Number one, I’m not a musician. And number 2, yes they were Jews - certainly perceived to be in Russia. And I know many secular Jews who define themselves as Jewish, even though they never set foot in a synagogue.
What.counts in this case is.not the number of Jews.that there were in the Bolshevik party overall, but the high concentration of them in the inner circle, and the power that they wielded.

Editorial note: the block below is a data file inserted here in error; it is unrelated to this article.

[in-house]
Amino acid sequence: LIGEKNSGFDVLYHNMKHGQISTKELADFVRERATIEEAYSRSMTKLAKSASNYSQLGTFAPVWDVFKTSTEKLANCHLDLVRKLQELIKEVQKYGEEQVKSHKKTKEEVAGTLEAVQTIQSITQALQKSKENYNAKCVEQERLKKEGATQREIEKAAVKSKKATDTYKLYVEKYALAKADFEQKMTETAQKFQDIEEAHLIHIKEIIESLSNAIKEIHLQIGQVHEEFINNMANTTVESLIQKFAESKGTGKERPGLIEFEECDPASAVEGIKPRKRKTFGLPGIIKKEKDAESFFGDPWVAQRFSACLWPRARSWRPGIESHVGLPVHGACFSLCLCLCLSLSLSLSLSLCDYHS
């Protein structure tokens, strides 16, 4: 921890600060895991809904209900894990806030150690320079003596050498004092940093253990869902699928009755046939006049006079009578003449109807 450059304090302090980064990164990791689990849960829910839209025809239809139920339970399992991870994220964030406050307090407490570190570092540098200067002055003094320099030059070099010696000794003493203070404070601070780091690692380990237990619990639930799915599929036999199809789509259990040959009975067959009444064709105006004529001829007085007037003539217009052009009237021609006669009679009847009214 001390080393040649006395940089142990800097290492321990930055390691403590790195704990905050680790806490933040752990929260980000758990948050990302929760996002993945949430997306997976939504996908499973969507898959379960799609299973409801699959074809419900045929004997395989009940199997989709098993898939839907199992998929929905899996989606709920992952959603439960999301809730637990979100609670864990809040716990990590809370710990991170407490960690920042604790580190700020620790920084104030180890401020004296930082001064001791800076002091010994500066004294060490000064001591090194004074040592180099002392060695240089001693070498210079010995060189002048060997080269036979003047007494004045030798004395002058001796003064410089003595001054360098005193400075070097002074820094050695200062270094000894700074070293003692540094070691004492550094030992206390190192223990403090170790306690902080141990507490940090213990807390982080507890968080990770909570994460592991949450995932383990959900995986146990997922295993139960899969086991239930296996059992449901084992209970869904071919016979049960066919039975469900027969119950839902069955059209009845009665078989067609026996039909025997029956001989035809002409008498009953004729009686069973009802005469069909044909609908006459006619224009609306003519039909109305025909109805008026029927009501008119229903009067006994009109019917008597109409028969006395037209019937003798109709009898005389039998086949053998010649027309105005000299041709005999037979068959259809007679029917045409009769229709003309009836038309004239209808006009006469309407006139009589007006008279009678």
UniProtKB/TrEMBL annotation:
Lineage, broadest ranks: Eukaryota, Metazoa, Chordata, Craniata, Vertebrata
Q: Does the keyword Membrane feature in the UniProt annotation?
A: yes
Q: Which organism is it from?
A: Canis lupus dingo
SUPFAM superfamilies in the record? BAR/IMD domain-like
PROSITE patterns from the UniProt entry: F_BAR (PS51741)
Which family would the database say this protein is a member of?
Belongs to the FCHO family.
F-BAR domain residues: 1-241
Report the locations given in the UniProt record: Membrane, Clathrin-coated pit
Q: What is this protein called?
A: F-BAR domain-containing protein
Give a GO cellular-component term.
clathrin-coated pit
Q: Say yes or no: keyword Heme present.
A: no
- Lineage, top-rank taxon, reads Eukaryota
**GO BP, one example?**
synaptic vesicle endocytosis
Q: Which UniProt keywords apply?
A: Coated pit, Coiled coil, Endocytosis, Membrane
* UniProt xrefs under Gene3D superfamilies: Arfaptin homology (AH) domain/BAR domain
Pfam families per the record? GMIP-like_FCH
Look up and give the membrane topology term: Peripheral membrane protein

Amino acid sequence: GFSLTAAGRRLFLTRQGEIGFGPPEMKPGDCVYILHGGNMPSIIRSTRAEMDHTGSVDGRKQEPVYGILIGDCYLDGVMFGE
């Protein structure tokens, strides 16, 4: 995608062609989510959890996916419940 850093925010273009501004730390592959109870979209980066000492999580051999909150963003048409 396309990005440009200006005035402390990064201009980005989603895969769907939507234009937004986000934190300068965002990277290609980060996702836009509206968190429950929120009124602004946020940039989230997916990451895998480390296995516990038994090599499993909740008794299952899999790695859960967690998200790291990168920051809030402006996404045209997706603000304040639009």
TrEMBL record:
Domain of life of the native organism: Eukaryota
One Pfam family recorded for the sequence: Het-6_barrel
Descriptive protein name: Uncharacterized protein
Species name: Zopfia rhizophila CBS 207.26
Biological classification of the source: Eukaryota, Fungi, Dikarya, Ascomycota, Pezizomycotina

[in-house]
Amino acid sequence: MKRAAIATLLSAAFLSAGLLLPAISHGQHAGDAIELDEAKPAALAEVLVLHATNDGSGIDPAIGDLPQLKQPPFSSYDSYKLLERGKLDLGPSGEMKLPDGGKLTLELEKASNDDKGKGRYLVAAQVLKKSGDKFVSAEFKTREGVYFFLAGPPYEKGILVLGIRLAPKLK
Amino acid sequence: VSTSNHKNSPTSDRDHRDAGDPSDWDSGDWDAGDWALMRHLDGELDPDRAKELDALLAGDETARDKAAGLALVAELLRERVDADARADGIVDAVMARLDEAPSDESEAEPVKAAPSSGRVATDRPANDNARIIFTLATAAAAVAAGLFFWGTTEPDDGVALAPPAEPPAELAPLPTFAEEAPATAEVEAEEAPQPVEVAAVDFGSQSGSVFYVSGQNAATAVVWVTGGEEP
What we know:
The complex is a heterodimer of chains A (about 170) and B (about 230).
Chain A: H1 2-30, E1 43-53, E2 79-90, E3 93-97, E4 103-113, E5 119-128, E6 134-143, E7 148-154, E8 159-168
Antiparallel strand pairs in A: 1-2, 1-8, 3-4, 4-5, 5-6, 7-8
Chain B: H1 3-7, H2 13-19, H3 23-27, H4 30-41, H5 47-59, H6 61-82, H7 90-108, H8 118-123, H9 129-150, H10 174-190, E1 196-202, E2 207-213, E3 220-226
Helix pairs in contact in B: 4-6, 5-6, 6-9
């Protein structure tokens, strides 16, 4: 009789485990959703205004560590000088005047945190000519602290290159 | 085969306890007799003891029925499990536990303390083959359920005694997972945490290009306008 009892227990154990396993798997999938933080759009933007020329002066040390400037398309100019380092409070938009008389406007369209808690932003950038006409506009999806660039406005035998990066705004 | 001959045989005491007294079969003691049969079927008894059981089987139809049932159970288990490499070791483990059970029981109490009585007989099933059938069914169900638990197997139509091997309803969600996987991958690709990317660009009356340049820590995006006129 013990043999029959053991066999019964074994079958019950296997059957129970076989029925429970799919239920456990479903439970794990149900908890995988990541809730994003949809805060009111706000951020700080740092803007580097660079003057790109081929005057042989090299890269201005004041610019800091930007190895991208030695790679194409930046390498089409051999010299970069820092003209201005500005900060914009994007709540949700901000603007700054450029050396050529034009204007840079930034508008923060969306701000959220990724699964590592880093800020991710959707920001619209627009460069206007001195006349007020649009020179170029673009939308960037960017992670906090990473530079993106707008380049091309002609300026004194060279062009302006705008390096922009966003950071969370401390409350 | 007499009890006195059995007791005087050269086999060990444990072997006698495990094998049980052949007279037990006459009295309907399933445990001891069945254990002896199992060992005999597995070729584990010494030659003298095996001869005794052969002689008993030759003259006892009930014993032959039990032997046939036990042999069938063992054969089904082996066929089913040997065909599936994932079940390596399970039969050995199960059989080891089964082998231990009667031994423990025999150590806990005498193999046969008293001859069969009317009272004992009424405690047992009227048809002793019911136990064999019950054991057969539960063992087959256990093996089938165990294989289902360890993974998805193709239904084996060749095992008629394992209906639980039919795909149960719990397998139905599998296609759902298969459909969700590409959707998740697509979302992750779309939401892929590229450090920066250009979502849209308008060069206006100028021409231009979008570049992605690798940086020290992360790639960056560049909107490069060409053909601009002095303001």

Among members of the Central Executive Committee of the Congress of Soviets in 1929, there were 402 ethnic Russians, 95 Ukrainians, 55 Jews, 26 Latvians, 13 Poles, and 12 Germans Jewish representation had declined from 60 members in 1927. With regards to Jewish representation in the ruling Politburo, it waned very rapidly starting in 1918. It began with the assassination of Moisei Uritsky, the most radical member of the Politburo, in August 1918. Then Yakov Sverdlov died of disease in March 1919 and Sokolnikov was shunted aside. Three years later in 1922, Jewish members in the Central Committee, the Politburo's new name, had shrunk to a minority of three : Trotsky, Zinoviev and Kamenev . Eventually they were all physically eliminated by Joseph Stalin : Zinoviev and Kamenev in 1936 and Trotsky in 1940. In the 1920s, of the 417 members of the Central Executive Committee, the party Central Committee, the Presidium of the Executive of the Soviets of the USSR and the Russian Republic, the People's Commissars, 6% were ethnic Jews.https://en.wikipedia.org/wiki/Jewish_Bolshevism#Jewish_involvement_in_Russian_Communism